'Health meets fashion' with clothing that provides healing benefits

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Yvonne

At first glance, the atmosphere is best described as cute and charming. Dozens of lightly worn shoes are arranged on a low shelf, jewelry is showcased in a glass display case and clothes are neatly organized on racks. This 1,000 square foot storefront has the vibe of a high-end designer boutique, but the price tags of a thrift shop.

“We call it the little boutique that can,” beams Yvonne Hogenes, a Fraser Valley fashion retailer who opened this Cloverdale shop last December.

What it’s actually called is the Inn for Women, a second hand store characterized as a “chic second-hand boutique.”

Inn for Women line. Photo credit: Jen Muranetz

Inn for Women line. Photo credit: Jen Muranetz

It’s not only a place for high-end hand-me-downs, it’s the social enterprise of Servants Anonymous Society of Surrey (SAS), a not-for-profit organization that provides housing, education and addictions recovery programs to women who’ve experienced homelessness and sexual exploitation.

Hogenes is heavily involved with SAS. She sits on their board as the vice president and coordinates all of their fundraising, which explains her enthusiasm for this thrift shop.

“Even I shop here,” she laughs. The comment is a little ironic, as many would consider Yvonne to be a pioneer of the lower mainland’s fashion retail industry.

“I was the first to be able to actually highlight our Vancouver designers,” she says in a humbling voice, referring to her designer boutique, Malary’s Fashion Network, just across the street from the Inn for Women.

'Health meets fashion' at Malary's. Photo credit: Jen Muranetz

‘Health meets fashion’ at Malary’s. Photo credit: Jen Muranetz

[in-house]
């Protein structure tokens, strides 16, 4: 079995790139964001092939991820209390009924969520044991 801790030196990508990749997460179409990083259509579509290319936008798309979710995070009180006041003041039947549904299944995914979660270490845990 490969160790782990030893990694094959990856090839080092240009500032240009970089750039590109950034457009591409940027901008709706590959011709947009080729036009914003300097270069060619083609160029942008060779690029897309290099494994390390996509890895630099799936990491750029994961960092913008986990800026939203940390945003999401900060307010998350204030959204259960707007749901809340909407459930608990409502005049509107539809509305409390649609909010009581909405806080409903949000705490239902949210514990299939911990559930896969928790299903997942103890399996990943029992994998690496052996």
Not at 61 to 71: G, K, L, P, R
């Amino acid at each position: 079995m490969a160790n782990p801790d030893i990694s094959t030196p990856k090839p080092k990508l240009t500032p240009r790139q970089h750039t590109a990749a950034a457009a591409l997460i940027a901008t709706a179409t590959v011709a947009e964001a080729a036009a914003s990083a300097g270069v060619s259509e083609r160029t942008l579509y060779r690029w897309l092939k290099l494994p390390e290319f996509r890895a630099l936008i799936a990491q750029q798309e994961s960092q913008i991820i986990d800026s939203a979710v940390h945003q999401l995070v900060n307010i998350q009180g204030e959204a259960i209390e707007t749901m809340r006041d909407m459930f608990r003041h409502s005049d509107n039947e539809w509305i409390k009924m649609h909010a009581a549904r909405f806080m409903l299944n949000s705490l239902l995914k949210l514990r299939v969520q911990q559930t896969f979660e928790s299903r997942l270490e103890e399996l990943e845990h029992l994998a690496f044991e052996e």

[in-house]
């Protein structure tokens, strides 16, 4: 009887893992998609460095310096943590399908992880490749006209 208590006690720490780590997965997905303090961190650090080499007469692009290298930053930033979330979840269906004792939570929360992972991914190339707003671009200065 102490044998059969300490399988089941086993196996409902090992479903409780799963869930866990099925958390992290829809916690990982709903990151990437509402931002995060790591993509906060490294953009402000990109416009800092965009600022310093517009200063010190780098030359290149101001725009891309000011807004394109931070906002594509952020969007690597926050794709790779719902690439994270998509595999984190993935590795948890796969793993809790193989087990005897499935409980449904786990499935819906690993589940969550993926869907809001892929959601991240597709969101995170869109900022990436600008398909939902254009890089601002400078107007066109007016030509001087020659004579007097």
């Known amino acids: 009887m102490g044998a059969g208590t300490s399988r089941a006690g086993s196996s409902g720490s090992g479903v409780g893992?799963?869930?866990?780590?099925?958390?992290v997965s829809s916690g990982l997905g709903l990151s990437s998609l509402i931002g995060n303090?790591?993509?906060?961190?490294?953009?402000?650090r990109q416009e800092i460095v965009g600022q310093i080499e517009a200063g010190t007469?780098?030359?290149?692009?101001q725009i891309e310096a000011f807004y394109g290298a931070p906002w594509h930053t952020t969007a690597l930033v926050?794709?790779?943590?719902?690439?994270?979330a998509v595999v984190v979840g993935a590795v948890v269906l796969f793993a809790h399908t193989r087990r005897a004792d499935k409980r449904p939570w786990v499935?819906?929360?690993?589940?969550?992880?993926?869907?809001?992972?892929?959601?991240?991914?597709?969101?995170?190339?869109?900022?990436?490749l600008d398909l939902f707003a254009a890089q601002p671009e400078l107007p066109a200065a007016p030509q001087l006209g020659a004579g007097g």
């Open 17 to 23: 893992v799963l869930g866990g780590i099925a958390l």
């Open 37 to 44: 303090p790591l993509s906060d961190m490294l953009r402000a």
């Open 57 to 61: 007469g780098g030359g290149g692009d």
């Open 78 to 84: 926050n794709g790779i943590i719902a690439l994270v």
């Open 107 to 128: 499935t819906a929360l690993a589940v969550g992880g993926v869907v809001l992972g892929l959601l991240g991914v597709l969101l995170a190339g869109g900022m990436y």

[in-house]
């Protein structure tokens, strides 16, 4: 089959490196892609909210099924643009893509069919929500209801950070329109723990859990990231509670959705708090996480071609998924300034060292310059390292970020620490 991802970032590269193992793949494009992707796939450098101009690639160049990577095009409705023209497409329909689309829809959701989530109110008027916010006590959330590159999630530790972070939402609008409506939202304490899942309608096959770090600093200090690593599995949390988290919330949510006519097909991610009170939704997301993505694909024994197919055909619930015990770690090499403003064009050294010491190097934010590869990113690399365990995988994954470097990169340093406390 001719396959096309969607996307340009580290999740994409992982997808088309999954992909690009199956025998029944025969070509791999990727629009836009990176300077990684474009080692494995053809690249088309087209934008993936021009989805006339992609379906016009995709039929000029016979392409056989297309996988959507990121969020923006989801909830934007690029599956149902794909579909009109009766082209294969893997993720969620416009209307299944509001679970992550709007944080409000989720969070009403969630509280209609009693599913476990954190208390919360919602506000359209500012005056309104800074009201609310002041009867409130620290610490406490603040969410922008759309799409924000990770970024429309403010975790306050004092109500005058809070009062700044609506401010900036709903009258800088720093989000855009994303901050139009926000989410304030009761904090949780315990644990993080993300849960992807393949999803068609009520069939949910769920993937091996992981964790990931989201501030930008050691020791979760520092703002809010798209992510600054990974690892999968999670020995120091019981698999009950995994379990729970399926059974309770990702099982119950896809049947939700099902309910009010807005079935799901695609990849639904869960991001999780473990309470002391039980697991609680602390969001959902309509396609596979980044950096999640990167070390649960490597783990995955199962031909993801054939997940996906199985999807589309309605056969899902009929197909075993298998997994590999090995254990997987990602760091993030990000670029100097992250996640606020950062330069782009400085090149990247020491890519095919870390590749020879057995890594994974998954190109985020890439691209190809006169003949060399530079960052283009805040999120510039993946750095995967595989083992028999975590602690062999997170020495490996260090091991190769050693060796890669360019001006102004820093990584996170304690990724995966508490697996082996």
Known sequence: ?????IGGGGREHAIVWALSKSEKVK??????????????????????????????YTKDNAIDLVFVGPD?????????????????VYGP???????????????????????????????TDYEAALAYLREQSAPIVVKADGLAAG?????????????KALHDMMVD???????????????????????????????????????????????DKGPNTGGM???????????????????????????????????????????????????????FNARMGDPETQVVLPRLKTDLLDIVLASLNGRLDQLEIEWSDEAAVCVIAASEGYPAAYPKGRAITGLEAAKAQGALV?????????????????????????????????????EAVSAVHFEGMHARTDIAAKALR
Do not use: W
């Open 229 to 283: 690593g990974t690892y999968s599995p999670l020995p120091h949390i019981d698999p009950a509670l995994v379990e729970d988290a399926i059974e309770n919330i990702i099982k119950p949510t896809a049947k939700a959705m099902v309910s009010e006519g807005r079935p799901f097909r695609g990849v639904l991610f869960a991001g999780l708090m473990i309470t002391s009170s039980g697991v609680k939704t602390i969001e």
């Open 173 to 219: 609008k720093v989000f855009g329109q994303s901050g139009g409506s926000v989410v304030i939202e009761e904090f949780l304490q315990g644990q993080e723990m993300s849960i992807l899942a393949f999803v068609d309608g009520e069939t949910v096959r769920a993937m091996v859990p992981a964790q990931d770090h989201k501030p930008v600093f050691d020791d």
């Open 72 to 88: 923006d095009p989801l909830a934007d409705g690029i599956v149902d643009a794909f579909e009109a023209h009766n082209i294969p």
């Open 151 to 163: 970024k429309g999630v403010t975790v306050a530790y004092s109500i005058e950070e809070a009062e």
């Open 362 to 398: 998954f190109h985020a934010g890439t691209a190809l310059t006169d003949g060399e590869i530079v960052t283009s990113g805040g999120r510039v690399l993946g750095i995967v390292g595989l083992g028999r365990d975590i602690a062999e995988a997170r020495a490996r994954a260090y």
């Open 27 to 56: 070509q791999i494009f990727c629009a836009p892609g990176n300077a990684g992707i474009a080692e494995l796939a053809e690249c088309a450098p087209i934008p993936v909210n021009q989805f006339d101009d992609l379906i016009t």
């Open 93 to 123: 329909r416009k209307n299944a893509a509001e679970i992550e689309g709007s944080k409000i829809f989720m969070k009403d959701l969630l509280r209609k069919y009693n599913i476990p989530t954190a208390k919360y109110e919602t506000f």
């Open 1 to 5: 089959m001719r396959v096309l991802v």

Prior to Malary’s opening more than 17 years ago, there were not many options for Vancouver fashion designers looking to showcase their clothing locally. “They were only selling to Toronto and the United States.”

Although she’s passionate about giving local designers a voice, Hogenes’ impact on the fashion industry encompasses more than just retail.

“I started to use the tagline: where health meets fashion.”

A decade ago, Hogenes developed an undergarment that she jokingly calls “the runner shoe of bras.”

“I started to redesign the bra. I wanted to put it into natural fibres, I wanted it to be healthy, and I wanted to get a medical licenser on it,” Hogenes states. She ended up creating TAB Custom-Fitted Bras – a bra that comes in 150 sizes that caters to all women, including those who’ve undergone surgery for breast cancer.

A bra for every woman. Photo credit: TAB Custom Fitted Bras

A bra for every woman. Photo credit: TAB Custom Fitted Bras

The quick success from TAB led Hogenes to her next venture: FIRMA Energywear – clothing made from fabric with bioactive crystals woven into the fibres. The clothes are said to have healing benefits, like reducing the appearance of cellulite and lowering muscle fatigue.

“Your body heat goes into the fabric, it absorbs into the bioactive crystals and that emits back into your body the far infrared energy,” she quickly adds, “and far infrared energy is very healing.”

Firma Energywear is said to provide health benefits. Photo credit: FIRMA Energywear

Firma Energywear is said to provide health benefits. Photo credit: FIRMA Energywear

Hogenes goes on to talk about big plans of expanding the FIRMA Energywear and TAB Bras brand across North America in the coming years. Yet, she looks around Cloverdale’s Inn for Women boutique with the same sense of pride and affection. After all, each of these projects follows the same root purpose: to help woman.

“A passion in my life has always been to transform women’s lives so you can see them feel empowered.”

Yvonne talking to ValleyBuzz. Photo credit: Jen Muranetz

Yvonne talking to ValleyBuzz. Photo credit: Jen Muranetz

Yvonne Hogenes’ top three tips for women in business: listen, find your passion and develop a team:

LISTEN: “I really can’t emphasize that a lot. I listened, listened, listened, because the thing that got me going at the beginning was that I heard how people liked to buy from their own designers in the area … and when you’re listening, listen for areas that you think are niche or something different that will give you a stand out.”

PASSION: “Passion seems so overworked, but it’s so important. If you don’t have that passion, you might as well forget it.”

TEAM: “It’s really important to develop a team. So you’re the leader but you’ve got to exude honestly, integrity, love for what you do to your team … and if you do and you can translate that to your team about where you want to go and what you’re excited about, you’re going to build a very strong group of people around you to support you.”

 

Written by Jen Muranetz. Follow Jen on Twitter at @jenmuranetz.

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